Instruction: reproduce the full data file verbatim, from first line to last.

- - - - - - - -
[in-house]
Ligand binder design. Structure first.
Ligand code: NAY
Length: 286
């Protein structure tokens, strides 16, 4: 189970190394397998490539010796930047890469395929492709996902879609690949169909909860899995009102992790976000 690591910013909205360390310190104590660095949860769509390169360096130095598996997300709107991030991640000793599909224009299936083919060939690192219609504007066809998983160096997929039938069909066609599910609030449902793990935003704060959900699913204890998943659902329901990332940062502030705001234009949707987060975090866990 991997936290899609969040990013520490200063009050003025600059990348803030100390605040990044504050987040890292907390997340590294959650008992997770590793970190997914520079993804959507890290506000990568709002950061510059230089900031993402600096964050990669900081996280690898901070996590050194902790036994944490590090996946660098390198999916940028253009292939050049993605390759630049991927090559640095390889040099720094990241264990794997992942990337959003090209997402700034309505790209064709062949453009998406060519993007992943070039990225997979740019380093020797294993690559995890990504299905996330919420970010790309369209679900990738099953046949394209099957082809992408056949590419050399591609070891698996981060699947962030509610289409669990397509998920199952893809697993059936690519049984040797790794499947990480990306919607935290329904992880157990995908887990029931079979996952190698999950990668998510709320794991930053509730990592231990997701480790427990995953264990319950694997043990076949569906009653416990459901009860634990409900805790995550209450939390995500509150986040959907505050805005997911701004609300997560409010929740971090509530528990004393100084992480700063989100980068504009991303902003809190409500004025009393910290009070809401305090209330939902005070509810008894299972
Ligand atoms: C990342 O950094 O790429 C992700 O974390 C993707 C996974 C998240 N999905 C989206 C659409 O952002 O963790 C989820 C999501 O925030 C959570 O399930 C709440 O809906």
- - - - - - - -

[in-house]
Ligand binder design. Structure first.
Ligand code: NAY
Length: 286
């Protein structure tokens, strides 16, 4: 189970190394397998490539010796930047890469395929492709996902879609690949169909909860899995009102992790976000 690591910013909205360390310190104590660095949860769509390169360096130095598996997300709107991030991640000793599909224009299936083919060939690192219609504007066809998983160096997929039938069909066609599910609030449902793990935003704060959900699913204890998943659902329901990332940062502030705001234009949707987060975090866990 991997936290899609969040990013520490200063009050003025600059990348803030100390605040990044504050987040890292907390997340590294959650008992997770590793970190997914520079993804959507890290506000990568709002950061510059230089900031993402600096964050990669900081996280690898901070996590050194902790036994944490590090996946660098390198999916940028253009292939050049993605390759630049991927090559640095390889040099720094990241264990794997992942990337959003090209997402700034309505790209064709062949453009998406060519993007992943070039990225997979740019380093020797294993690559995890990504299905996330919420970010790309369209679900990738099953046949394209099957082809992408056949590419050399591609070891698996981060699947962030509610289409669990397509998920199952893809697993059936690519049984040797790794499947990480990306919607935290329904992880157990995908887990029931079979996952190698999950990668998510709320794991930053509730990592231990997701480790427990995953264990319950694997043990076949569906009653416990459901009860634990409900805790995550209450939390995500509150986040959907505050805005997911701004609300997560409010929740971090509530528990004393100084992480700063989100980068504009991303902003809190409500004025009393910290009070809401305090209330939902005070509810008894299972
Ligand atoms: C990342 O950094 O790429 C992700 O974390 C993707 C996974 C998240 N999905 C989206 C659409 O952002 O963790 C989820 C999501 O925030 C959570 O399930 C709440 O809906």